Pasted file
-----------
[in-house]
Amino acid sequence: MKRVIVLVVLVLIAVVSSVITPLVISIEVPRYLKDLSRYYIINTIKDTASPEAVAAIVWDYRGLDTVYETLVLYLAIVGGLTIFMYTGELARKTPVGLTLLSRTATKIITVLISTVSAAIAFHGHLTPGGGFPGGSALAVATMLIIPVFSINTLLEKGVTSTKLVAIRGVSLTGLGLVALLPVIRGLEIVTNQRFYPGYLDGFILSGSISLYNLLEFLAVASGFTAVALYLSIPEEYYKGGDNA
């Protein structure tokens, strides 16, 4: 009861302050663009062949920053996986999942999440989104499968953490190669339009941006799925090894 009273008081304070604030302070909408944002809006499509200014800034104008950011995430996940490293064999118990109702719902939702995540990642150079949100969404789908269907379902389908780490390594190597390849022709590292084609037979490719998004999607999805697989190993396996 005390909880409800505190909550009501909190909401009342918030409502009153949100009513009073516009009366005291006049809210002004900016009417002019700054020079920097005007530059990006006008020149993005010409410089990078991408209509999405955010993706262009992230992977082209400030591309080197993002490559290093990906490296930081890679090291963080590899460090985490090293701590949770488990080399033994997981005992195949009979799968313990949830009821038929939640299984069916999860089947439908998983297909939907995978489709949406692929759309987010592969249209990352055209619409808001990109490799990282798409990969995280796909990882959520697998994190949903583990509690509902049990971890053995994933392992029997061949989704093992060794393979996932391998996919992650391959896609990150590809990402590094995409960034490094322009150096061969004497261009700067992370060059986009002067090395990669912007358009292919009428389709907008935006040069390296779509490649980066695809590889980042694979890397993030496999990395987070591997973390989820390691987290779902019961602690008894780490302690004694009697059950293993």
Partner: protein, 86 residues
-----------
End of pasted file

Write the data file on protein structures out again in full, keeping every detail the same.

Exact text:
[in-house]
Amino acid sequence: MKRVIVLVVLVLIAVVSSVITPLVISIEVPRYLKDLSRYYIINTIKDTASPEAVAAIVWDYRGLDTVYETLVLYLAIVGGLTIFMYTGELARKTPVGLTLLSRTATKIITVLISTVSAAIAFHGHLTPGGGFPGGSALAVATMLIIPVFSINTLLEKGVTSTKLVAIRGVSLTGLGLVALLPVIRGLEIVTNQRFYPGYLDGFILSGSISLYNLLEFLAVASGFTAVALYLSIPEEYYKGGDNA
């Protein structure tokens, strides 16, 4: 009861302050663009062949920053996986999942999440989104499968953490190669339009941006799925090894 009273008081304070604030302070909408944002809006499509200014800034104008950011995430996940490293064999118990109702719902939702995540990642150079949100969404789908269907379902389908780490390594190597390849022709590292084609037979490719998004999607999805697989190993396996 005390909880409800505190909550009501909190909401009342918030409502009153949100009513009073516009009366005291006049809210002004900016009417002019700054020079920097005007530059990006006008020149993005010409410089990078991408209509999405955010993706262009992230992977082209400030591309080197993002490559290093990906490296930081890679090291963080590899460090985490090293701590949770488990080399033994997981005992195949009979799968313990949830009821038929939640299984069916999860089947439908998983297909939907995978489709949406692929759309987010592969249209990352055209619409808001990109490799990282798409990969995280796909990882959520697998994190949903583990509690509902049990971890053995994933392992029997061949989704093992060794393979996932391998996919992650391959896609990150590809990402590094995409960034490094322009150096061969004497261009700067992370060059986009002067090395990669912007358009292919009428389709907008935006040069390296779509490649980066695809590889980042694979890397993030496999990395987070591997973390989820390691987290779902019961602690008894780490302690004694009697059950293993």
Partner: protein, 86 residues